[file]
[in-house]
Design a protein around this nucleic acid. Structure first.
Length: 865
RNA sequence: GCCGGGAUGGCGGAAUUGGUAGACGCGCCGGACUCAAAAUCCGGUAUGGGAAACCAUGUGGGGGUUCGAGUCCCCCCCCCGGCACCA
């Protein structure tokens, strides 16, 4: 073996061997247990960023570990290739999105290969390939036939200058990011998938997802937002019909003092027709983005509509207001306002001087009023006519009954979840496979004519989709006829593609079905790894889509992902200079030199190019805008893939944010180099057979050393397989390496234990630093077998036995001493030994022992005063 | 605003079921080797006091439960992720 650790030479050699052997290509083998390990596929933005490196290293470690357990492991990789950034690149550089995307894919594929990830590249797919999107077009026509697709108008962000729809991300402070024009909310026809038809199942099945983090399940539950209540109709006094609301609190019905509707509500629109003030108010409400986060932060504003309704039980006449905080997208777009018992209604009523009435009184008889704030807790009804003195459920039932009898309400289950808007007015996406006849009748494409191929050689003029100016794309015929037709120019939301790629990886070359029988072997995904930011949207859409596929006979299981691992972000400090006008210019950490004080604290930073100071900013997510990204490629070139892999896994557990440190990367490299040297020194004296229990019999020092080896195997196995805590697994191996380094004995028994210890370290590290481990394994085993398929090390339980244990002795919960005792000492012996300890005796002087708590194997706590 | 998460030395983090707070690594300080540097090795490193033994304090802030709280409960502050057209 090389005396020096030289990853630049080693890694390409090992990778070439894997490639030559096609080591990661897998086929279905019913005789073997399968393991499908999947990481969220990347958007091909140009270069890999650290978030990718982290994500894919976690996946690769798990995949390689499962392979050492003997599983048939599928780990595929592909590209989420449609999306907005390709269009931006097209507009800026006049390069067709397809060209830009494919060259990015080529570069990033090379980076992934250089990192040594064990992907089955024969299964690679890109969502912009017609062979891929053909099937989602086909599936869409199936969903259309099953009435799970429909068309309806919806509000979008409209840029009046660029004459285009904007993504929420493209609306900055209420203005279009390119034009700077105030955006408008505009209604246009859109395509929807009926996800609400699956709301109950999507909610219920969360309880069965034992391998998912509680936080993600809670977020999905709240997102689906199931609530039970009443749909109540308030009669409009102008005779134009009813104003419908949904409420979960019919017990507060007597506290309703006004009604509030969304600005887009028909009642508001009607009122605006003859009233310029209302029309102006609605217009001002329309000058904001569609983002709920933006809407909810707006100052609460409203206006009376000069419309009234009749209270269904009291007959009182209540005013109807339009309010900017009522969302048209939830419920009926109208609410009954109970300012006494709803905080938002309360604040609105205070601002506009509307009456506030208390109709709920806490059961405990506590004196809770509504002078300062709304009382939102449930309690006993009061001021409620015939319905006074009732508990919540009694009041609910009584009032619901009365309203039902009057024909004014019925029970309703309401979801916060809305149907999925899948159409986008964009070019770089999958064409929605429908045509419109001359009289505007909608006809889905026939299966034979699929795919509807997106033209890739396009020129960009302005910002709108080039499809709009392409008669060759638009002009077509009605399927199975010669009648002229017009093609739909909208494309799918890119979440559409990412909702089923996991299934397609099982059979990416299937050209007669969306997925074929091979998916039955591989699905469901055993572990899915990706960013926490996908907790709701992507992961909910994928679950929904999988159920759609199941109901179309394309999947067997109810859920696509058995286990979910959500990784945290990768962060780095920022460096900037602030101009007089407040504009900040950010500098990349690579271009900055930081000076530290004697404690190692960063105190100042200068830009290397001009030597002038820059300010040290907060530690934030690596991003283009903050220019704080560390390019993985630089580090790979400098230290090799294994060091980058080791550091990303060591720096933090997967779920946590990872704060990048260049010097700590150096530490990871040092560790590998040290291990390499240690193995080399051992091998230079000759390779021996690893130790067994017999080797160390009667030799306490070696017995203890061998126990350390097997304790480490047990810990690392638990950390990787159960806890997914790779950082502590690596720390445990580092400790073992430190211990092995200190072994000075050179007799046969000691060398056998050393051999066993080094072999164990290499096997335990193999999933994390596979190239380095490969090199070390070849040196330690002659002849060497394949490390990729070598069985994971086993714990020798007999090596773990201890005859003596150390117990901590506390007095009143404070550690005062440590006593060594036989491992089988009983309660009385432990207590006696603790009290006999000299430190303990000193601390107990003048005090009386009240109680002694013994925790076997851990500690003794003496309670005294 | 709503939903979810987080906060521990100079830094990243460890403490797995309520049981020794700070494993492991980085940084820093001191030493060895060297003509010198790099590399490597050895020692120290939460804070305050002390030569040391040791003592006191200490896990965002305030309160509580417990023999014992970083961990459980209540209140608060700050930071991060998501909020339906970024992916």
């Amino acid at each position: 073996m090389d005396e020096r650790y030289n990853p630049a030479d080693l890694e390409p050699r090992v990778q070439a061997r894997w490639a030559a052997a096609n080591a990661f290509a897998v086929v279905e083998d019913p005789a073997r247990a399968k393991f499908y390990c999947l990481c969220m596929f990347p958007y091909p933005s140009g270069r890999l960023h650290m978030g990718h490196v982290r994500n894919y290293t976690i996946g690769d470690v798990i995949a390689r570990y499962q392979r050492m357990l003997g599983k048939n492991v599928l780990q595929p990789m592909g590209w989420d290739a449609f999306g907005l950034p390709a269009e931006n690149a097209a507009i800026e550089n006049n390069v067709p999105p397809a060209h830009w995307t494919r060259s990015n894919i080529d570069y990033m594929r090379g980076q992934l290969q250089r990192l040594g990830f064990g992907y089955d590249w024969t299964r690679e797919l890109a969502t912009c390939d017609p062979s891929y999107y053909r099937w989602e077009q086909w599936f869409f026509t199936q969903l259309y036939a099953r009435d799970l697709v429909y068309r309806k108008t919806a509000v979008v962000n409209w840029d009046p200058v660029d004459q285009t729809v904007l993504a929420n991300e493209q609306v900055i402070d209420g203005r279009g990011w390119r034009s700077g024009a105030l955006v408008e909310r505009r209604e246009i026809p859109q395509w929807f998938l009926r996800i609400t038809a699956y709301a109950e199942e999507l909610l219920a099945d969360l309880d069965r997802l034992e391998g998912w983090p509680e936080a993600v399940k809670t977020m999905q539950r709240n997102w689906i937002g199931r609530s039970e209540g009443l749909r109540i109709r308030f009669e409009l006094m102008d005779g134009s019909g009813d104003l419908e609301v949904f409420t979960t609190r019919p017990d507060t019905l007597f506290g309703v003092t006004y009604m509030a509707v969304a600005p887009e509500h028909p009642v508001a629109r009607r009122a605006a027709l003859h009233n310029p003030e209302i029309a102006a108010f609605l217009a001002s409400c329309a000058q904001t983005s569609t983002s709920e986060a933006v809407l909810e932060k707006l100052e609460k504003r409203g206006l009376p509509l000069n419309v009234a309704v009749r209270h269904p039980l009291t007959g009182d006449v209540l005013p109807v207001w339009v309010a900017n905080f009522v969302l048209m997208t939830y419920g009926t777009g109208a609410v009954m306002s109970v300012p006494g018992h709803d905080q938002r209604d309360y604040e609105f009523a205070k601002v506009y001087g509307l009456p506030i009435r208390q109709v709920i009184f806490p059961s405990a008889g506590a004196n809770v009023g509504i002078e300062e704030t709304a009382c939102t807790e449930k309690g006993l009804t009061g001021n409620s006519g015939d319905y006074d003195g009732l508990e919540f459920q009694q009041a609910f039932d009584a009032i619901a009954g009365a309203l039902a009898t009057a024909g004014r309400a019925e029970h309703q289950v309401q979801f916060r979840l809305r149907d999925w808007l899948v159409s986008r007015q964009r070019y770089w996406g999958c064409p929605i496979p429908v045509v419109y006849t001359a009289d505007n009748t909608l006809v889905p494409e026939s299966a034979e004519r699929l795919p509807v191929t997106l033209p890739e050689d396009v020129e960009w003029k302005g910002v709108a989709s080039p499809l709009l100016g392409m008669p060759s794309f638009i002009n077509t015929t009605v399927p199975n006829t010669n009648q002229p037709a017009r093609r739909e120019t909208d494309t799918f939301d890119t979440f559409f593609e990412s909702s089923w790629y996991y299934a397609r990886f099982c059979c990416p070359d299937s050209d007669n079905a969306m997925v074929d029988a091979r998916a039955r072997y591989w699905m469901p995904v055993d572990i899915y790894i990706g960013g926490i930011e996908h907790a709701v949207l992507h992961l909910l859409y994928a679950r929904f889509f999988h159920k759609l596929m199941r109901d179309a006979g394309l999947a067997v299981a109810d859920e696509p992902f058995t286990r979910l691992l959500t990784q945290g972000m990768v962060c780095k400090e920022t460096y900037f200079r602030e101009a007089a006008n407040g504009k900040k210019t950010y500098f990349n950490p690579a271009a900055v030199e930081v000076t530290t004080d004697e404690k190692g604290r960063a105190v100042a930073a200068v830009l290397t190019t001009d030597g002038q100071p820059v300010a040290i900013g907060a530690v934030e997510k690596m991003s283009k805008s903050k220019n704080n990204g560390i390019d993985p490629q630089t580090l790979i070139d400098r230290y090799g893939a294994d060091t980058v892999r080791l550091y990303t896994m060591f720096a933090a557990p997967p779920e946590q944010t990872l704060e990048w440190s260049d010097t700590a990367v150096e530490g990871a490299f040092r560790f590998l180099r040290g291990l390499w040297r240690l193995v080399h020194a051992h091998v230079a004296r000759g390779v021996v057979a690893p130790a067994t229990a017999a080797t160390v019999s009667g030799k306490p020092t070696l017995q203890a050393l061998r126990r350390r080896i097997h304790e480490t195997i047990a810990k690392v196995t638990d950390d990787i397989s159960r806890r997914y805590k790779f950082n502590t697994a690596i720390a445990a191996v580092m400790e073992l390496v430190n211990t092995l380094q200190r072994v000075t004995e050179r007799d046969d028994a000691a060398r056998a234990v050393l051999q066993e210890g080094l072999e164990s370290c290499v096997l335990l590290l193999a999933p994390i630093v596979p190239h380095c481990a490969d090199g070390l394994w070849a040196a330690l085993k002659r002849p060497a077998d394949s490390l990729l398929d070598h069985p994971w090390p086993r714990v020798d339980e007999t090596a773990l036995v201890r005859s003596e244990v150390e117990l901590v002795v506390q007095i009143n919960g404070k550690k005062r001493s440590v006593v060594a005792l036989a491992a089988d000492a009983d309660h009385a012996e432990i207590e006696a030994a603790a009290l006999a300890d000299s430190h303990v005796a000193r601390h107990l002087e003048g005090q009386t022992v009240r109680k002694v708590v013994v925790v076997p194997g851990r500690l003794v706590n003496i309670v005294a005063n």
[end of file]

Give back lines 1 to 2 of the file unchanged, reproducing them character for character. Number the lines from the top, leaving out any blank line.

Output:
[in-house]
Design a protein around this nucleic acid. Structure first.